• Pre-eclampsia: Pre-eclampsia is a condition that leads to hypertension and increased blood pressure in the mother. Chances of having preeclampsia are elevated in multifetal pregnancies and can lead to further complications that can even cause the detachment of the placenta.
  • Postpartum haemorrhage: Due to the sheer size of the placenta and the uterus in a multifetal pregnancy, the chances of the mother experiencing a haemorrhage inside the uterus are high.
  • Anaemia: In multifetal pregnancies the nutritional needs of the baby are increased twice or thrice more than a singleton pregnancy, thereby making the mother prone to anaemia.
  • C-section: The chances of having a C-section delivery are very high with a multiple pregnancy.
  • Risk to mother’s life: The maternal mortality rates with multiple pregnancies are comparatively higher than singleton pregnancies owing to a number of risk factors like anaemia, haemorrhage, pre-eclampsia, etc.

Risks to foetus

  • Premature babies: Multiple birth babies are at a higher risk of being born prematurely owing to the space and nutritional constraints inside the uterus. Babies born before 28 weeks of pregnancy, have underdeveloped internal organs, leading to postnatal complications. These babies are usually given life support in the neonatal care units until considerable growth is achieved.
  • Congenital defects: Multiple birth babies have a two times higher chance of having birth defects such as neural tube defects, cardiac defects and gastrointestinal defects, compared to single birth babies.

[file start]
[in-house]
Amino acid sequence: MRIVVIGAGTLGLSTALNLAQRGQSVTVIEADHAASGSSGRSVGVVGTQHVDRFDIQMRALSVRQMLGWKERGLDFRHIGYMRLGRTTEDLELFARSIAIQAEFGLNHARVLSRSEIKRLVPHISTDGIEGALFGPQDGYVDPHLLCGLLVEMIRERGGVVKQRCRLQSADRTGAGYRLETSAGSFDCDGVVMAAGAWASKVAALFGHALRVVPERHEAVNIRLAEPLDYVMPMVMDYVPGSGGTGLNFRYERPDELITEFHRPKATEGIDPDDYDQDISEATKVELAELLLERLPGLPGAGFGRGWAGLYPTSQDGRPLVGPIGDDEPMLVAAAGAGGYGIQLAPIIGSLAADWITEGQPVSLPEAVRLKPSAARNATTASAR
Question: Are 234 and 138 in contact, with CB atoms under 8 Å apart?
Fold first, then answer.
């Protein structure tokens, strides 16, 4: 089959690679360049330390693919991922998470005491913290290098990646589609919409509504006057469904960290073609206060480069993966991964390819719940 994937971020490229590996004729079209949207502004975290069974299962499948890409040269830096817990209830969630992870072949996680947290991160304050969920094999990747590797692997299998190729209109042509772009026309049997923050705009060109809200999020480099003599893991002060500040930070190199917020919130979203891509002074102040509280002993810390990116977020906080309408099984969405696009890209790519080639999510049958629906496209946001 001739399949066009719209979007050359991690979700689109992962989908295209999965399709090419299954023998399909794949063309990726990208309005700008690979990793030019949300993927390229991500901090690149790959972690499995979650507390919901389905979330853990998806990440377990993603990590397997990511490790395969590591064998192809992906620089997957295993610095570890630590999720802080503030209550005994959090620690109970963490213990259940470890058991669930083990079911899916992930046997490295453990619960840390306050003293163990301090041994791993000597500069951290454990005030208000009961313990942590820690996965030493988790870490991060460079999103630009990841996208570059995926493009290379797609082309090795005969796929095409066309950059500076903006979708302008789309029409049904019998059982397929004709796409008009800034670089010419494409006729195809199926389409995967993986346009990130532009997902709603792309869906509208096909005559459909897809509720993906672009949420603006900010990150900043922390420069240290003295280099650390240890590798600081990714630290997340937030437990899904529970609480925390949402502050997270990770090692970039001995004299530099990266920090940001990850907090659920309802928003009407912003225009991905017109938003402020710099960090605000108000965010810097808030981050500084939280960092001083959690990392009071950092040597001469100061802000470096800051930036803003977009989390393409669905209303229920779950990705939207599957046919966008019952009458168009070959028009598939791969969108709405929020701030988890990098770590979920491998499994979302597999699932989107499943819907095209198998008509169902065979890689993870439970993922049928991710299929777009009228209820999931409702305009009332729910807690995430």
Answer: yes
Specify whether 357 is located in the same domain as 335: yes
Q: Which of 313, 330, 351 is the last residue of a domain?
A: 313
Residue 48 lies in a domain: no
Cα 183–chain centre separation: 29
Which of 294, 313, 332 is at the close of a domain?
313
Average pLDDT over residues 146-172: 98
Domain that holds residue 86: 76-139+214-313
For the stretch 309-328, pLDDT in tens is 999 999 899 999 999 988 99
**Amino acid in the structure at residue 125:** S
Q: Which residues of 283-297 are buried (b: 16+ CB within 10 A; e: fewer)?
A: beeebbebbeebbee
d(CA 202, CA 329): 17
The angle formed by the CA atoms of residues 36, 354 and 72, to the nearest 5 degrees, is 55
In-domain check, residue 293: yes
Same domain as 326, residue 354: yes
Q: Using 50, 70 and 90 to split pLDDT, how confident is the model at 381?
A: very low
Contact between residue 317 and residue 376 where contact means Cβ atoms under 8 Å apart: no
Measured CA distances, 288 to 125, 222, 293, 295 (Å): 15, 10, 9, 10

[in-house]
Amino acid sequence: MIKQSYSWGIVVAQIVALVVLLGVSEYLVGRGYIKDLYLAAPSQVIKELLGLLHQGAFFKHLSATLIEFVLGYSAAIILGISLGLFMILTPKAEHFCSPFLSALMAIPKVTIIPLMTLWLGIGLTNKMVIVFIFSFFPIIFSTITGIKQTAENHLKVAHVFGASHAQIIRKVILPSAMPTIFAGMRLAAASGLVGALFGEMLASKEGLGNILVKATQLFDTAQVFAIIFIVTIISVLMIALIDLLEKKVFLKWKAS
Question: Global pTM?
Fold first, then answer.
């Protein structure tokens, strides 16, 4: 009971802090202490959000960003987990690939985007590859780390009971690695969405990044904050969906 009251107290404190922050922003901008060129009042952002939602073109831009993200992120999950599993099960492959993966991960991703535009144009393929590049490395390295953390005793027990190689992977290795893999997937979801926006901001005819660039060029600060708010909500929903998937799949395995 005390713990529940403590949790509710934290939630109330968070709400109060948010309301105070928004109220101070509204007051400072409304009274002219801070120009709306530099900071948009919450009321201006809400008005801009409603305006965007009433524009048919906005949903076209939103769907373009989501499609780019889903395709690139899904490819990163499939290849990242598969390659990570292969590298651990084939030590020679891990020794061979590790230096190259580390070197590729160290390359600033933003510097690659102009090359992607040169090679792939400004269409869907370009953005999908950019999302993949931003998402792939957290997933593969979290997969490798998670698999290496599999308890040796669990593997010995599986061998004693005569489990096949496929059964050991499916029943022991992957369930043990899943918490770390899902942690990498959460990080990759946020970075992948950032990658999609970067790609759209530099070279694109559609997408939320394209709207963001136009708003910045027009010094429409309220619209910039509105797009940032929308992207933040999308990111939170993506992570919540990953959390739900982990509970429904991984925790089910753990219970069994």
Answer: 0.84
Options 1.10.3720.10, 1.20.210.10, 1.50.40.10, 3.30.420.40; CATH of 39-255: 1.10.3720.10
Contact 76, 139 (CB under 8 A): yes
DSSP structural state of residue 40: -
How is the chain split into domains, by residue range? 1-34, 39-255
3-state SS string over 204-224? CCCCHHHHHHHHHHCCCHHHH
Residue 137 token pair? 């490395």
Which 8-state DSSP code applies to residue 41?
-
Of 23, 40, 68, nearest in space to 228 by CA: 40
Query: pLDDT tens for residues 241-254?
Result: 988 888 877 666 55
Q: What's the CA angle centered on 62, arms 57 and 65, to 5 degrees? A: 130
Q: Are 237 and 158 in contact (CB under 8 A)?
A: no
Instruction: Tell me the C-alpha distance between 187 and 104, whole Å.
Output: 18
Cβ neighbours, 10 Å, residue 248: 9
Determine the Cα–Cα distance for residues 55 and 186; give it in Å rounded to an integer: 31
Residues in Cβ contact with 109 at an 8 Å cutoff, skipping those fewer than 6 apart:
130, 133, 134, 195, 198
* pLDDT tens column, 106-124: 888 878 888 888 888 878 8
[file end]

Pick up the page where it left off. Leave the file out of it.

• Twin-Twin transfusion: This is a condition in which monozygotic identical twins who share the placenta do not get an equal share of blood and nutrients. In some rare cases, the blood vessels form in such a way that one of the foetuses gets more blood compared to the other. This condition can lead to growth defects in the undernourished baby.
  • Intrauterine growth restrictions or IUGR: These are very likely to occur with twins or more, due to the lack of space for the foetus to grow. In such cases, babies appear smaller and do not gain sufficient weight inside the womb.

Precautions to Be Taken in Case of Multiple Pregnancy

Once you have been diagnosed with multiple pregnancies, there are some precautions that you can take to avoid any associated complications.

  • Higher nutrient intake: As the nutritional demands of the growing foetuses are double, a conscious increase in the consumption of nutrients can go a long way in reducing the risk of undernourishment both for the babies and the mother.
  • Continuous monitoring: Women carrying more than one foetus are often advised to visit the doctor more frequently to carry out a continuous assessment of the health of the baby and the mother. Regular ultrasound scans are done to check for any kind of anomaly at every stage of the pregnancy.